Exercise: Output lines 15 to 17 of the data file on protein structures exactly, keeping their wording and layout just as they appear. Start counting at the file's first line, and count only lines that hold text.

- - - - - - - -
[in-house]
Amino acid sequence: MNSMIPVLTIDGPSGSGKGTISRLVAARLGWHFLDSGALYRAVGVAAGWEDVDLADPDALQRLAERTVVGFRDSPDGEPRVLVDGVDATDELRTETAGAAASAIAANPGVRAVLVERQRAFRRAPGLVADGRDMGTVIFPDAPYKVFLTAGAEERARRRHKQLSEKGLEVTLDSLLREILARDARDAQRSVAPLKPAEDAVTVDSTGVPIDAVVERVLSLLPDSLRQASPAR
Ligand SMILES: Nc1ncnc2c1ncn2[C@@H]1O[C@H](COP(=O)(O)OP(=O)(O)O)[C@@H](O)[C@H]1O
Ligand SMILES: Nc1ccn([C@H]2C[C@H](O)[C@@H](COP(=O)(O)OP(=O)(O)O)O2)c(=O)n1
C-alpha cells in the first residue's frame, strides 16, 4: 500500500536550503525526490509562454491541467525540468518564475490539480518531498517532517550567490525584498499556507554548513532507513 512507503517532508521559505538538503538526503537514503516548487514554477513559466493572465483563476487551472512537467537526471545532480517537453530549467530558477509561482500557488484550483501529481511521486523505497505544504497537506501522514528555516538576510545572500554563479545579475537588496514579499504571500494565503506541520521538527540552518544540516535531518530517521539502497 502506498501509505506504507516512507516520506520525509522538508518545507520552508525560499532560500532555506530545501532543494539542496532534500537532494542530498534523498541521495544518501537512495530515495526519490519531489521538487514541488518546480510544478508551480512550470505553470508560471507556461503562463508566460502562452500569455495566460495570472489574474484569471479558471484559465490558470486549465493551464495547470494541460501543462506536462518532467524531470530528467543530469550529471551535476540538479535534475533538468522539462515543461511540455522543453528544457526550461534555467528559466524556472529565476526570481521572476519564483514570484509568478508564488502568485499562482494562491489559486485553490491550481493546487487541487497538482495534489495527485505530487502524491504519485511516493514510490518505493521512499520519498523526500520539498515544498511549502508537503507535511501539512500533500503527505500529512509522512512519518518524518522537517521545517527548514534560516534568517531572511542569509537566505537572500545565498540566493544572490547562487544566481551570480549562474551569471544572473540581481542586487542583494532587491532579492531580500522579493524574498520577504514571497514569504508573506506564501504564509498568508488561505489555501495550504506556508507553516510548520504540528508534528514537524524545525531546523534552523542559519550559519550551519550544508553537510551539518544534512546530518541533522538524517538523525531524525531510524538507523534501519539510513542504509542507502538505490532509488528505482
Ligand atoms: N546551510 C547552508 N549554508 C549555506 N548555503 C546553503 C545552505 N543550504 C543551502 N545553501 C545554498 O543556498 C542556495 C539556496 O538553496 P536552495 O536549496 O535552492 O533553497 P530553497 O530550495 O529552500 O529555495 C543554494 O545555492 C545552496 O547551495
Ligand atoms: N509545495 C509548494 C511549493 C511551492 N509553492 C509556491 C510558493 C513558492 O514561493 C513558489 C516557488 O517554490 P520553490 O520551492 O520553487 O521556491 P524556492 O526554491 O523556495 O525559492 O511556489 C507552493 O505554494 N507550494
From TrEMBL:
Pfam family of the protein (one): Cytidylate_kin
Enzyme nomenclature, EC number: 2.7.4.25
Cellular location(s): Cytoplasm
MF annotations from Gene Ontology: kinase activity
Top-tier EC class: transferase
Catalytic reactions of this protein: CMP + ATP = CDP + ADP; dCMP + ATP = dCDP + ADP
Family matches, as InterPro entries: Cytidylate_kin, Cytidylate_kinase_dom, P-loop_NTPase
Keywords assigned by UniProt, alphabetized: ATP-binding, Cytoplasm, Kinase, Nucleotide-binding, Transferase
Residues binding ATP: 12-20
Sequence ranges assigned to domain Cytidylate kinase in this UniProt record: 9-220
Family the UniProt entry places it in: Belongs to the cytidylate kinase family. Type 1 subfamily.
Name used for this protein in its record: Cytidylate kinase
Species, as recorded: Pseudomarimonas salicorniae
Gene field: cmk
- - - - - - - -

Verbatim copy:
Family matches, as InterPro entries: Cytidylate_kin, Cytidylate_kinase_dom, P-loop_NTPase
Keywords assigned by UniProt, alphabetized: ATP-binding, Cytoplasm, Kinase, Nucleotide-binding, Transferase
Residues binding ATP: 12-20